Martaban (1541-42)The thriving port of Martaban proved difficult to subdue because it was supported by Portuguese soldiers and arms. On the land side of the town strong fortifications backed by earthwork and on the water side seven Portuguese ships commanded by Paulo Seixas provided a strong defense. When supplies ran out, Martaban tried to negotiate a surrender, but Tabinshwehti would only accept a complete surrender. Martaban tried to draw the Portuguese mercenary Joano Cayeyro who was helping Tabinshwehti away, but these efforts failed. Finally, Tabinshwehti used fire rafts to burn and drive away the ships guarding the water side of the fortifications. A high fortress raft armed with guns and cannons was maneuvered to a position in front of the river side fortifications. The walls were cleared of defenders and a final assault was made on the town (Harvey, 1925, 155-157; Lieberman, 1980, 212-213). The Portuguese writer Pinto records in great detail the pillaging and executions that supposedly took place in the wake of the defeat after seven months of siege (Pinto, 1989, 314-325)
Prome and Upper Burma (1542-45)After a coronation ceremony and religious donations at the Shwedagon pagoda in 1541 Tabinshweihti led an expedition to the north to subjugate Prome. The first assaults against the walls of Prome failed (UKII:177-178). Prome requested aid from Tai Ava and Arakan. Tai forces arrived first, but Bayinnaung met them in advance before they could arrive to Prome and defeated them.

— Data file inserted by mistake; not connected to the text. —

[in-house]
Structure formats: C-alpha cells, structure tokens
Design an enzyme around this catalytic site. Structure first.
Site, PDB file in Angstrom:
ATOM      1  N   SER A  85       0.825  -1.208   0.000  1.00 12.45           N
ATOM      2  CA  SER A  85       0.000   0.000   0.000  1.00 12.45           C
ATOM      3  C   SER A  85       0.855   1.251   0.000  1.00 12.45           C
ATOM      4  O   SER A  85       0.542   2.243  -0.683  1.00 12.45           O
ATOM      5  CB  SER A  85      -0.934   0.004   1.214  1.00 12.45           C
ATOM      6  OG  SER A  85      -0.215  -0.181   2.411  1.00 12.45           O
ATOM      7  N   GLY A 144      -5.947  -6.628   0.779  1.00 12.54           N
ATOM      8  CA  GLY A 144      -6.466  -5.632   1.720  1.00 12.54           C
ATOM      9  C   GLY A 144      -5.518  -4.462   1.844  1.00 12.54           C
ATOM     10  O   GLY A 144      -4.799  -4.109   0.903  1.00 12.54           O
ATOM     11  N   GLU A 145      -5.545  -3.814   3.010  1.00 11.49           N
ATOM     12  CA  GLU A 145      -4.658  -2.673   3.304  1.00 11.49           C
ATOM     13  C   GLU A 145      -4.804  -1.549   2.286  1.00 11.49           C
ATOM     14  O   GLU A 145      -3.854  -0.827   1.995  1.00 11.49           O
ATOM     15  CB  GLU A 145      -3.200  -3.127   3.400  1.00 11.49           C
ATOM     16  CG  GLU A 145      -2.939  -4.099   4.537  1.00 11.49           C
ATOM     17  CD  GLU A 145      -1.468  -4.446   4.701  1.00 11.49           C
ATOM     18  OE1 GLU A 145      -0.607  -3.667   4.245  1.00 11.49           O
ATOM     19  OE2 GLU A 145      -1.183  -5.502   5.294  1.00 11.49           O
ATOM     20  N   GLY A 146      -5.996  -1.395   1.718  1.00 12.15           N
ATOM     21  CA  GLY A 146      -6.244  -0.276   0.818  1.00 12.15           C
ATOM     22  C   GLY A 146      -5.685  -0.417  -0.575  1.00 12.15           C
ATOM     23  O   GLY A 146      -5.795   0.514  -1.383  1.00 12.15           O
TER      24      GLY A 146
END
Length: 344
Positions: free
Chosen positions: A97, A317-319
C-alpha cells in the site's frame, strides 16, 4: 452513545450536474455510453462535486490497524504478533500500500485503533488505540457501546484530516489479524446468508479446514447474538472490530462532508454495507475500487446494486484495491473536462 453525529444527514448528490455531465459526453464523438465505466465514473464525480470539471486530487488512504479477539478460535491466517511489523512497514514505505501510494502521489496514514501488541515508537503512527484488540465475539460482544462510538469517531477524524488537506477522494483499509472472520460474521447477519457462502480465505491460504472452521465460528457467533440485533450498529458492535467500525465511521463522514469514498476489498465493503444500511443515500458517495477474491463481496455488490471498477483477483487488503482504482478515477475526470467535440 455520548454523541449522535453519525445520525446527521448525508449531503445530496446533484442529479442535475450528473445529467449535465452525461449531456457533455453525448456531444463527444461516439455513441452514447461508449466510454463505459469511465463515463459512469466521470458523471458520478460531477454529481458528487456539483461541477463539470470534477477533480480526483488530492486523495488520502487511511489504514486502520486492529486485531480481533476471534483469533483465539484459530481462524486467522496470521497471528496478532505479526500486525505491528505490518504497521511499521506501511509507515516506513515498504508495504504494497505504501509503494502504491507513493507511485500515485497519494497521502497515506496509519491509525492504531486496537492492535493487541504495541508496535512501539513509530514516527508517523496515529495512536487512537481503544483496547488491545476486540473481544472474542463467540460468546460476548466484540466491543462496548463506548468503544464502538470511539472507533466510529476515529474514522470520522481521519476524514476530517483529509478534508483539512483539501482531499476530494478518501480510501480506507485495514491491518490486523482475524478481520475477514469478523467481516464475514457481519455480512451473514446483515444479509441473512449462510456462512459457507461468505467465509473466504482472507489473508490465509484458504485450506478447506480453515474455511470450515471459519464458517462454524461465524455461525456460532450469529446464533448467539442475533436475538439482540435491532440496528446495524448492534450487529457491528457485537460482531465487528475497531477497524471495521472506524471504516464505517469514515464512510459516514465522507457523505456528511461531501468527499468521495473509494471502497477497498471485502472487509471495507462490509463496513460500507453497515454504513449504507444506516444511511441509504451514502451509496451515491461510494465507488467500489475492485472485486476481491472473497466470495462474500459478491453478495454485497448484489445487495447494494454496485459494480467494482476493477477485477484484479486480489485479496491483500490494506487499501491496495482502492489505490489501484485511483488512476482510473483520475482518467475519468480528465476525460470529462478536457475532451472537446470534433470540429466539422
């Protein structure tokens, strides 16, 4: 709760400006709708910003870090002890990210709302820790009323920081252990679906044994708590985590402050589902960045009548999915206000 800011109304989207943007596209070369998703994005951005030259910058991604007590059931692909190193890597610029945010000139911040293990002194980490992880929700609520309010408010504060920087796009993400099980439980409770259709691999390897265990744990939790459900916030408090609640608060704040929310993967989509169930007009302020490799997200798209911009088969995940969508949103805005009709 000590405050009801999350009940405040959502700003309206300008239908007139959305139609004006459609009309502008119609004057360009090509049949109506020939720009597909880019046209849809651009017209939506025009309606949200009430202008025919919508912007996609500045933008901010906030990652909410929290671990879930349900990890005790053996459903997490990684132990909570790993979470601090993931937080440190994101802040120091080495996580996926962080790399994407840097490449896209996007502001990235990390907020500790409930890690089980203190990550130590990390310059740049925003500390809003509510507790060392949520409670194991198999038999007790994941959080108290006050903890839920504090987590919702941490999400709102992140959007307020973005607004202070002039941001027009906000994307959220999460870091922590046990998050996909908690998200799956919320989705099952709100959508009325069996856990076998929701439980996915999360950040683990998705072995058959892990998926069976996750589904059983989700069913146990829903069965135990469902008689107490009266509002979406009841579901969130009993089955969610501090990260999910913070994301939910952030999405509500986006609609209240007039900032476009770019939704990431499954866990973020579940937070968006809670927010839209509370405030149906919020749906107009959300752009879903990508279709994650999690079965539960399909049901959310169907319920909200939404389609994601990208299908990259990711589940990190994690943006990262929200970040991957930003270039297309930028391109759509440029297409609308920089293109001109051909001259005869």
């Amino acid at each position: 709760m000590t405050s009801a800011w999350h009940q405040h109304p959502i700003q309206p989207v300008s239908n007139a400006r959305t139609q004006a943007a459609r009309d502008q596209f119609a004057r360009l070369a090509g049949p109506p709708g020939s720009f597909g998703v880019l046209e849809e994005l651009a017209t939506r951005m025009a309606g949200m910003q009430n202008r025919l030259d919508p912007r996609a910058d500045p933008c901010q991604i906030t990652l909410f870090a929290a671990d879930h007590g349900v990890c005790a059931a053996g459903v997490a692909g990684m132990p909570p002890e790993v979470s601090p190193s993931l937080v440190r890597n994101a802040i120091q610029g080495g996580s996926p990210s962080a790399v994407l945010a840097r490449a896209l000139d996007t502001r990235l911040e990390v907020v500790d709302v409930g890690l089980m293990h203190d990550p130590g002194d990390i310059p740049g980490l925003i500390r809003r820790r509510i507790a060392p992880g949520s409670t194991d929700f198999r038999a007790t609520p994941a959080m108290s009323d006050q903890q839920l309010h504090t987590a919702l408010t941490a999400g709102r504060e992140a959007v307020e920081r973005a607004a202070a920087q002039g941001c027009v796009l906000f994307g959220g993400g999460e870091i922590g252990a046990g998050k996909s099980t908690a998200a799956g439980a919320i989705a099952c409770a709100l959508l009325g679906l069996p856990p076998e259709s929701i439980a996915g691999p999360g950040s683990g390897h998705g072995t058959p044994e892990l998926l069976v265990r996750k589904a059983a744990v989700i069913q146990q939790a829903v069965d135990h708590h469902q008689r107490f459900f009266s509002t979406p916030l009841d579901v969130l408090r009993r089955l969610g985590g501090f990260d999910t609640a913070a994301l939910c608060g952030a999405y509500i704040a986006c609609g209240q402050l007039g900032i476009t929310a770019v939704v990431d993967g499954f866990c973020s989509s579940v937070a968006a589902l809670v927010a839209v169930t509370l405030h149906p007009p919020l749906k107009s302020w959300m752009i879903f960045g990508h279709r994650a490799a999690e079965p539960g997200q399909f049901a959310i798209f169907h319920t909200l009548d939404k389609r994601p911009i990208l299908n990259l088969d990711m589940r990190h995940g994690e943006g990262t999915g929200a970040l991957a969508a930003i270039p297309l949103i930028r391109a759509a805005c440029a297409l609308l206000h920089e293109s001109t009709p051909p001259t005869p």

The siege of Prome dragged on and when the rainy season arrived Tabinshwehti ordered his troops to plant rice and gather manpower and provisions from Lower Burma (UKII:179) The overland contingent of forces sent by Arakan was ambushed by Bayinnaung. This defeat caused both the land and river forces of Arakan to return to Arakan. After five months of siege starvation led to defections and weakened defences which were easily overcome. The sack of Prome and the punishments that were supposedly meted out to the inhabitants are described in great detail by Pinto (1989, 328-333). In 1544 Tai forces led a counterattack but were again defeated by Tabinshwehti's forces. In 1545 Tabinshwehti marched north and took Pagan and Salin, leaving a garrison in Salin (Harvey, 1925, 157-158; Shorto, n.d., 46; UKII:179- 181).Instead of driving northwards and reestablishing an ethnic Burmese state at Ava, Tabinshwehti turned his attention to the coastal polities to his west and east, Arakan and Ayutthaya.
Arakan (1546-7)The ruler of Sandoway in south Arakan had pledged loyalty to Tabinshwehti in exchange for the throne of Arakan. The fortifications at Mrauk-U the capital of Arakan had been built with the assistance of the Portuguese, so the normal strategies of frontal assault or siege were ineffective against these fortifications. Arakan with the intercession of monks finally convinced Tabinshwehti to give up the siege and return to Pegu (Harvey, 1925, 158; Lieberman, 1980, 213; Charney, 1998, 15; Leider, 1998, 144-159).